Potential for secondary characters abound. Whether it’s the fans (so many adorable kids out in the audience next to rabid adult fans), caring support staff, or the wrestlers who provide villainous or comic relief (Google “WWE Wrestler Fandango video” and get ready to laugh), personalities are ripe for consideration when constructing additional characters who would support a hero and heroine and a strong story line.

So Watch Already!

Now that you have a sense of why the WWE is so interesting, your next step would be to actually watch. See if your local sports bar offers wrestling as an option or a particular WWE pay-per-view. It’s best when you’ve got a docent nearby to explain to you what’s happening (you can’t have my husband, after all) and any important backstory. It’s a lot like when your best friend in high school wanted you to get into her favorite soap opera. Remember how confusing it seemed and how over the top the story lines were? And then three weeks later you were totally into it. WWE wrestling is exactly like that.

The free shows are the easiest to access, either live or online, and introduce you to the characters and their current storyline. Please note that the WWE website is extensive and rich in information. You can look up any wrestler for biographical information, watch videos (usually “promos” where they outline their current grievance or conflict with another wrestler and promise a painful win in the ring during the next match), and look at each character’s customized merchandise. While there are many shows each week, the two most important ones are:

Each year, the pay-per-view event of Wrestlemania brings story lines to a head and sets the stage for new conflict in an epic event combining production and showmanship.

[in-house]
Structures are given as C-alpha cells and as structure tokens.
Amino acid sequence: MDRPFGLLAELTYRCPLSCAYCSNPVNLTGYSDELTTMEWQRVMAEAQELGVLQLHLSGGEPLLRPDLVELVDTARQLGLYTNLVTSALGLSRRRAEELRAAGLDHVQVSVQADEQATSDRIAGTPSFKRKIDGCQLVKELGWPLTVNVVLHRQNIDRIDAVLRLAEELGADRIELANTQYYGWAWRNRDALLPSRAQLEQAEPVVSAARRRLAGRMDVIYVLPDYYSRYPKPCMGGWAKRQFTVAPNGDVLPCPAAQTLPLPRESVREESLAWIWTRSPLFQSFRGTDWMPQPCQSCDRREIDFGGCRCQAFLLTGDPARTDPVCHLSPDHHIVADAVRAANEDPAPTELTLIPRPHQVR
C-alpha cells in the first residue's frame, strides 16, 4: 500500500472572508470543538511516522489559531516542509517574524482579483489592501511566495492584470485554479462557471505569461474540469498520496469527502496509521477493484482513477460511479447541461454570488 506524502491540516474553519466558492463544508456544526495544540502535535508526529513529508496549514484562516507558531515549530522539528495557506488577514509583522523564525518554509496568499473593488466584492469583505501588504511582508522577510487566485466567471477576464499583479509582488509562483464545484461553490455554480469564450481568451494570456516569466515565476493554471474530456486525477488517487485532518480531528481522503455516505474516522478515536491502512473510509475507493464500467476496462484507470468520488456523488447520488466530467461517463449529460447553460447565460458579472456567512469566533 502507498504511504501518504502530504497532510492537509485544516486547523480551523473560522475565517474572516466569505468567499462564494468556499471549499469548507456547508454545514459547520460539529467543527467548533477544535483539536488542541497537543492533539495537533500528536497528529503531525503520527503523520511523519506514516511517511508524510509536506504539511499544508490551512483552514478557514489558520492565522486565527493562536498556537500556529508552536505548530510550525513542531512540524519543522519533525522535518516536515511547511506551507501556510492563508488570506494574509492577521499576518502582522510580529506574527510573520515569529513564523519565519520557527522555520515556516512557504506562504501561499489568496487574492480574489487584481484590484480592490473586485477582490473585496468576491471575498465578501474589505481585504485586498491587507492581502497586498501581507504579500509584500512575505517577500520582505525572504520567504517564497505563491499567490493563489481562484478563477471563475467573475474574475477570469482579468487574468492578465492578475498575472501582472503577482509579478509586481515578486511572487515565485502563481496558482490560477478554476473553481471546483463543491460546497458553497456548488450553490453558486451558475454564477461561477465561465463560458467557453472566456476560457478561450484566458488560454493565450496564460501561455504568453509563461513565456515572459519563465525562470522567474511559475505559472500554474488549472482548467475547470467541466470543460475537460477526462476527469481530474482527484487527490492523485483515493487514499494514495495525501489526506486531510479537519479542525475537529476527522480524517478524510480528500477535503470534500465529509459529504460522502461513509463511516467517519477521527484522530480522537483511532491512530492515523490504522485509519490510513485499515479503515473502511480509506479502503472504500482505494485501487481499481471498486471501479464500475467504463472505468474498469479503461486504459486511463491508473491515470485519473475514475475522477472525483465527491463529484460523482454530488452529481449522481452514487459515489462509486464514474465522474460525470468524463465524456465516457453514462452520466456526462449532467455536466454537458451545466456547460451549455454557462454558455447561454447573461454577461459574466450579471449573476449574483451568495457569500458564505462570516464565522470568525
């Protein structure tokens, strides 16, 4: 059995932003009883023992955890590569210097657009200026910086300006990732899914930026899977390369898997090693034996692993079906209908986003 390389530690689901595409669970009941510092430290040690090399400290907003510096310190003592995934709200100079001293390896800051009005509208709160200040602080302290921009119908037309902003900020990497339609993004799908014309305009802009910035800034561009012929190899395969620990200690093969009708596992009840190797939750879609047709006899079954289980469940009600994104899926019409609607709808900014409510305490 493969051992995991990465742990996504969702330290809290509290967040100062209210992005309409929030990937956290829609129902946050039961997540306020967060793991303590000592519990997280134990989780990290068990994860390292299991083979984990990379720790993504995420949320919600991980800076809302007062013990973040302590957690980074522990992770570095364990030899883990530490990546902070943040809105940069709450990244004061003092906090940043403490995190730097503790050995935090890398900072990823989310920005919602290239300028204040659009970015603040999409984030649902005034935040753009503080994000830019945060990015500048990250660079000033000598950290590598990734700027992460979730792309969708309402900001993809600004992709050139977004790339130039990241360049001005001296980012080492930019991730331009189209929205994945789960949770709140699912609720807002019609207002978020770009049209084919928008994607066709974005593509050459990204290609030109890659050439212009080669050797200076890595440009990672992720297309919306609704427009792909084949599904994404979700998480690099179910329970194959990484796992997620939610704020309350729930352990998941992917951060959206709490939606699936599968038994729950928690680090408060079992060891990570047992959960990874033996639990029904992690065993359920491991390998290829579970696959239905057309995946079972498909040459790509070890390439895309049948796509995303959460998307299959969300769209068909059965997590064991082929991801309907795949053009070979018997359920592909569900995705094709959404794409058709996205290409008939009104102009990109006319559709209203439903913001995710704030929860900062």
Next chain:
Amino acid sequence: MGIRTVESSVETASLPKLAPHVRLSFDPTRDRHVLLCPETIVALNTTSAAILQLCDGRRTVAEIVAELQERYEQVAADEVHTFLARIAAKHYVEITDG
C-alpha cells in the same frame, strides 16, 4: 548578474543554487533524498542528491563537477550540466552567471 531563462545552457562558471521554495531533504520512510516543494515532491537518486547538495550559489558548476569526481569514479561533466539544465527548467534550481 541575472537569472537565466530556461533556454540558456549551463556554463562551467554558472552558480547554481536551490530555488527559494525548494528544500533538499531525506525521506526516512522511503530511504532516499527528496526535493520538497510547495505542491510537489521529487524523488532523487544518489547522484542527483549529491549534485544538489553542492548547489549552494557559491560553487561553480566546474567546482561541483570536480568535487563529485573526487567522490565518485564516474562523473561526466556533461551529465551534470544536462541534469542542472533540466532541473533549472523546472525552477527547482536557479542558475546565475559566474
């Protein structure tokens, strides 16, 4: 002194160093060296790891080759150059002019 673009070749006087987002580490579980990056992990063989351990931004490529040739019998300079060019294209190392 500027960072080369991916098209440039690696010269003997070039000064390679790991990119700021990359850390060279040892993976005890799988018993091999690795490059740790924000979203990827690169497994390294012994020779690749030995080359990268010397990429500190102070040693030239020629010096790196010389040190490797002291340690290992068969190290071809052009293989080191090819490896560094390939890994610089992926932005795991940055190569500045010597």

Pay-per-views are a big portion of the WWE business strategy and you get your money’s worth when the matches are so elaborately staged you find your jaw dropping. I’m definitely going to get my husband SummerSlam for his birthday in August, but it’s amazing the level of production that goes into some of these shows. Hell in a Cell actually puts a chain link kennel around the ring and wrestlers are locked inside to battle one another until one of them is pinned for the count of three or “taps out” indicating defeat. Wrestlemania is the big kahuna of the pay-per-views where several story lines come to a head, and you’ll notice if you ever watch any of the documentaries on the wrestlers that the big matches that happen during this event are the ones remembered with the greatest fondness and most emotion.

The Best Introduction: Documentaries

Speaking of documentaries, I think that watching them was actually key to getting me to be interested in the WWE as I could better identify with the hard work and background of each wrestler, as well as understand their many outside interests and talents. Sadly, while the attitude toward Divas has improved over the last years, I can’t find any documentaries that don’t look like a Girls Gone Wild video, so I’m afraid I can only recommend male wrestling superstar films. Here are a few of my favorites:

  • The Shawn Michaels Story: Heartbreak and Triumph – Shawn Michaels not only possessed a brilliant and troubled career in wrestling but is known as being someone who was able to successfully fight the evils of drugs and alcohol through his religious faith and the love of his wife and family. I confess to getting choked up during this documentary as Michaels is so unflinchingly honest about the obstacles he placed in the way of his success as well as the tough love he received from the many people in the WWE who cared about him.